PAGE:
Mobile communication and mobile connectivity are changing the way business communicators plan, create, and distribute messages. Mobile devices are overtaking PCs as the primary digital communication tool for millions of consumers, employees, and executives, and businesses that don’t get mobile-friendly in a hurry will fall behind.

For business communicators, the shift to mobile involves much more than the constraints of small screens and new input technologies. The ability to reach people anywhere at any time can be a huge advantage, but the mobile communication experience can also be a major challenge for senders and receivers alike. It requires new ways of thinking about information, message structures, and writing styles.

With the notion of radical connectivity, for example, many communication experiences are no longer about “batch processing” large, self-contained documents. Instead, communication is taking on the feel of an endless conversation, with recipients picking up smaller bits of information as needed, in real time, from multiple sources.

As we did when social media began changing the communication landscape, we will be providing in-depth coverage of mobile communication in our textbooks, beginning with our upcoming editions. Business Communication Today, 13th Ed., and Business Communication Essentials, 7th Ed., will be available in January, and Excellence in Business Communication, 12th Ed., will be available in June.

In anticipation of these new editions, we’ll be blogging about the impact of mobile on business communication and the ways you might consider covering mobile in your courses. We've also prepared a series of infographics that preview some of our new topic coverage. I welcome your thoughts, suggestions, and questions. You can contact me a cbovee@businesscommunicationblog.com.

Scoop.it!

The Mobile Revolution: The Parallels with Social Media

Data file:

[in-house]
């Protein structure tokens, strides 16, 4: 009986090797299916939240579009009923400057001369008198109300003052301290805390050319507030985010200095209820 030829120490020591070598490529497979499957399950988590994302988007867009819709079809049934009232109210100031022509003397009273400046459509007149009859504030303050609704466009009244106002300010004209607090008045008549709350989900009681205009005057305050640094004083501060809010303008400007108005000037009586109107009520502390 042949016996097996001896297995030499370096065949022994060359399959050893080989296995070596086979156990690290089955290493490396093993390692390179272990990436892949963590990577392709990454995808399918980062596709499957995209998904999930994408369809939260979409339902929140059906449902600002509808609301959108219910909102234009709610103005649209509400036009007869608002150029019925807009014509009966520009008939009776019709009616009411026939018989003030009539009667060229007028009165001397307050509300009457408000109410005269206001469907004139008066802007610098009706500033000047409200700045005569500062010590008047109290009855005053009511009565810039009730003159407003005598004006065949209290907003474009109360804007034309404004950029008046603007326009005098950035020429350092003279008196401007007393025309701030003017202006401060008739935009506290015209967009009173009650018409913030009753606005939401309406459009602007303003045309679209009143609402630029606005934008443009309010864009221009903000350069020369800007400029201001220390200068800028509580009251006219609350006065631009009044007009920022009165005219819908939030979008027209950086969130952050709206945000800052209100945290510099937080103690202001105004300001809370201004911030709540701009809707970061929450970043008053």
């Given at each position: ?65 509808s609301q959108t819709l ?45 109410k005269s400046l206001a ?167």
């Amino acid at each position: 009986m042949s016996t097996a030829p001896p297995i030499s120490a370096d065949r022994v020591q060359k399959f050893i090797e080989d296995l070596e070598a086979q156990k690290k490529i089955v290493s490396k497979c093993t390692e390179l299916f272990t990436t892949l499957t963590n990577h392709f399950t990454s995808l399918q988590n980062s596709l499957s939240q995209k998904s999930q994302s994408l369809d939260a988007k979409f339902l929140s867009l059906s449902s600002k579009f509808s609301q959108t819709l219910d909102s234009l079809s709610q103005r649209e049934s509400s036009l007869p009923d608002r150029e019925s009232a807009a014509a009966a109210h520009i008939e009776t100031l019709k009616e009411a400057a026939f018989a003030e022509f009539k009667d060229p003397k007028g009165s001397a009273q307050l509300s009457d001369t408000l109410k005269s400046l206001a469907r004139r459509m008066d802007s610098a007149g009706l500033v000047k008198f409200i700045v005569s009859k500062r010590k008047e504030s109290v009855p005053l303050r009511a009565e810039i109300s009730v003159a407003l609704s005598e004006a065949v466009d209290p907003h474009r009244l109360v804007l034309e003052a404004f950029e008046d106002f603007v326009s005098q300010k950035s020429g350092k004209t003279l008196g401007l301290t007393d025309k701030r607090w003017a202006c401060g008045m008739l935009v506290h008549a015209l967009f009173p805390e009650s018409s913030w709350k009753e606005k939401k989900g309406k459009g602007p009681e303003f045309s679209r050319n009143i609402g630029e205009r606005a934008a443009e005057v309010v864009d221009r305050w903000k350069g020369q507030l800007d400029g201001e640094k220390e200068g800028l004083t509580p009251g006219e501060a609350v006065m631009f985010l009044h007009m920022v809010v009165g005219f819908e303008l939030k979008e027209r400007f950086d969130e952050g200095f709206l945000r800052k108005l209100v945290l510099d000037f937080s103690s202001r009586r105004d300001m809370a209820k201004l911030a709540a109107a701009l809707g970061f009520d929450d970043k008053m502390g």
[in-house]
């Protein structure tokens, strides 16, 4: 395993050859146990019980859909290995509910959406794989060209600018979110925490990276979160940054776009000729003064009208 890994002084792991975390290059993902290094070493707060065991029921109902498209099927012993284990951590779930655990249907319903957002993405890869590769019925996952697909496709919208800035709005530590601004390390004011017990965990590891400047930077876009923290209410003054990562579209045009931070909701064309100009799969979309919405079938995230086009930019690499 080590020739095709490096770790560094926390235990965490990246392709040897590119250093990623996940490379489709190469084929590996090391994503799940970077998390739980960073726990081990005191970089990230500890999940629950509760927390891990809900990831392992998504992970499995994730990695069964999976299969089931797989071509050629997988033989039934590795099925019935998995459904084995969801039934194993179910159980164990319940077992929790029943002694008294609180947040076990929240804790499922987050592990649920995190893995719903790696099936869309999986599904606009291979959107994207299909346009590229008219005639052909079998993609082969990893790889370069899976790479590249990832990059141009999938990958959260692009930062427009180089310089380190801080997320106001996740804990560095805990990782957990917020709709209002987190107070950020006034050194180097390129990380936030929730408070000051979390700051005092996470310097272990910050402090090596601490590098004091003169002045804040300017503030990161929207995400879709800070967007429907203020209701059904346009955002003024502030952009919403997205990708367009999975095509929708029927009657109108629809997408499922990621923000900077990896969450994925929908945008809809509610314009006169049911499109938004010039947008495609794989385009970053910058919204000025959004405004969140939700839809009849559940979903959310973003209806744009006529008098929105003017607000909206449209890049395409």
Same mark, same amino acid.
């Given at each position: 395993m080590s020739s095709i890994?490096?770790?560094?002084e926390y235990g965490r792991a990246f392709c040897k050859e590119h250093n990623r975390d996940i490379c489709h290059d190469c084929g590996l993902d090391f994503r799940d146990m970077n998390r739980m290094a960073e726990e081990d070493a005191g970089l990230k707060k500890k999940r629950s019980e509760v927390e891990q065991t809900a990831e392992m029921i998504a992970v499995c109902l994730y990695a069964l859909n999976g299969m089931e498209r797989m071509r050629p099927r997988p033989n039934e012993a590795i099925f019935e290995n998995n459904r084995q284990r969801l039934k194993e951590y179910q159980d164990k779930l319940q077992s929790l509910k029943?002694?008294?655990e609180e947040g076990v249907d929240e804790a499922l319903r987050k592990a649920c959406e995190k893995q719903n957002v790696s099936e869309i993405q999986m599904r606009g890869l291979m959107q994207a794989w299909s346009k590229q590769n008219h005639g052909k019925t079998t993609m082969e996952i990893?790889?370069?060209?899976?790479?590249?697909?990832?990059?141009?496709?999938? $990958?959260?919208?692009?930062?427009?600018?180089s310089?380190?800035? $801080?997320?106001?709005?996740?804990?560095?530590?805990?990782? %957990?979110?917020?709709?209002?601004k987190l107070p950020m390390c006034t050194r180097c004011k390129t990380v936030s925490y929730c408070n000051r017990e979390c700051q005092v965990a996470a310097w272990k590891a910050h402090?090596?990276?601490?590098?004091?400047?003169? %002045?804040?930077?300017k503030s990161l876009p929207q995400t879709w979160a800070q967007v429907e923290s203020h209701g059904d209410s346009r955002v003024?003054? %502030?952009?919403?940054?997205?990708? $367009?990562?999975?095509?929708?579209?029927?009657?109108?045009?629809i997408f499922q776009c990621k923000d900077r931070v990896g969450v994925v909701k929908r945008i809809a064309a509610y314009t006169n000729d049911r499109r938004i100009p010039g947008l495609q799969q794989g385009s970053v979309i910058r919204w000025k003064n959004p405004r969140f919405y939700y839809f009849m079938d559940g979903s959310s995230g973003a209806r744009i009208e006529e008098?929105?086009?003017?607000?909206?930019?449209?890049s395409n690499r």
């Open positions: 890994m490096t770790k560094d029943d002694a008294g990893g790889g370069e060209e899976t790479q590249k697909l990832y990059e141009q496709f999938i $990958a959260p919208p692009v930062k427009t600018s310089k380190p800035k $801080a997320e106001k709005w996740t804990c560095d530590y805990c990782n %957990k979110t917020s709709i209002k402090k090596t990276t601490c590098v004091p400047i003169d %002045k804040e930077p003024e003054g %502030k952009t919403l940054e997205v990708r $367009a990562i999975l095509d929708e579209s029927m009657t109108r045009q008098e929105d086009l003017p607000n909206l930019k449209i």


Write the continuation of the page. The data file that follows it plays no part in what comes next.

The Mobile Revolution: The Parallels with Social Media | How the Mobile Revolution Is Changing Business Communication | Scoop.it

As we monitored the emergence of mobile business communication over the past few years, we were struck by the parallels with the rise of social media. These similarities and the documented growth of mobile usage convinced us it was time to integrate mobile in our business communications texts, starting with our editions coming out in January.

Bovee & Thill's Online Business Communication Magazines's insight:

(Note that by “mobile,” we’re referring to tablets, smartphones, and all the various sizes and form factors in between.)


Here are the parallels we’ve noticed:


Larger technological, social, and demographic forces at play


As with social media, mobile communication is a case of both necessity and opportunity. Businesses are seeing the need to make their communications more mobile friendly because more of their stakeholders are using mobile devices. In particular, the next demographic wave of employees and consumers is less PC-centric and expects to be able to communicate using mobile devices.


You’ve probably noticed one manifestation of this already, with more companies adopting mobile-first web design, abandoning the highly structured and detailed web designs optimized for larger screens and making their websites more mobile and touch friendly. (One could argue that some of these designs are now less usable on conventional PC screens, but the companies making the changes clearly see significant numbers of their constituents switching to mobile.)


At the same time, mobile represents a huge opportunity because communication and content consumption on mobile devices can be a more personal and pervasive experience. Smartphone users tend to keep their gadgets close at hand, night and day, unlike their computers, so they’re never out of touch for long. Through push notifications, interactive apps, and other methods, companies have more ways to stay connected with internal and external audiences.


Variable rates of adoption


Of course, not every company needs or perceives a need to rush headlong into mobile. Adoption rates will vary widely across industries and companies and within individual companies. With social media, we’ve seen instances where adoption within a company varies dramatically from one business unit to another, so it’s difficult to make blanket statements about media usage.